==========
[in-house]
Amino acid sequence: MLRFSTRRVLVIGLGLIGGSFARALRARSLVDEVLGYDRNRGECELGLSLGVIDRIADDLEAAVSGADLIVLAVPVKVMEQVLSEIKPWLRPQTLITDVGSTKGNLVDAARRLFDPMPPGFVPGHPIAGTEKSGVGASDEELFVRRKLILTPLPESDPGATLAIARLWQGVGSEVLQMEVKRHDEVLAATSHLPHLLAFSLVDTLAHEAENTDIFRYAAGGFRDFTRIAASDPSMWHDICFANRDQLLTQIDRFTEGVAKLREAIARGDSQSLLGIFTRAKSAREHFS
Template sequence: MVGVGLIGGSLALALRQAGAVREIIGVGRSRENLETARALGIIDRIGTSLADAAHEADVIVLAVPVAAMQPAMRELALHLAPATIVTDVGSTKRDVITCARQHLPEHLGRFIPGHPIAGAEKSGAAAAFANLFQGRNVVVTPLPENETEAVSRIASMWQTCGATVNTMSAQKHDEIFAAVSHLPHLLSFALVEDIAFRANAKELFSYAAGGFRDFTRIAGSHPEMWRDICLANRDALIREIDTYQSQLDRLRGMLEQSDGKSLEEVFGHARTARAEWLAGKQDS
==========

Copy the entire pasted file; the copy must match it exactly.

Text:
[in-house]
Amino acid sequence: MLRFSTRRVLVIGLGLIGGSFARALRARSLVDEVLGYDRNRGECELGLSLGVIDRIADDLEAAVSGADLIVLAVPVKVMEQVLSEIKPWLRPQTLITDVGSTKGNLVDAARRLFDPMPPGFVPGHPIAGTEKSGVGASDEELFVRRKLILTPLPESDPGATLAIARLWQGVGSEVLQMEVKRHDEVLAATSHLPHLLAFSLVDTLAHEAENTDIFRYAAGGFRDFTRIAASDPSMWHDICFANRDQLLTQIDRFTEGVAKLREAIARGDSQSLLGIFTRAKSAREHFS
Template sequence: MVGVGLIGGSLALALRQAGAVREIIGVGRSRENLETARALGIIDRIGTSLADAAHEADVIVLAVPVAAMQPAMRELALHLAPATIVTDVGSTKRDVITCARQHLPEHLGRFIPGHPIAGAEKSGAAAAFANLFQGRNVVVTPLPENETEAVSRIASMWQTCGATVNTMSAQKHDEIFAAVSHLPHLLSFALVEDIAFRANAKELFSYAAGGFRDFTRIAGSHPEMWRDICLANRDALIREIDTYQSQLDRLRGMLEQSDGKSLEEVFGHARTARAEWLAGKQDS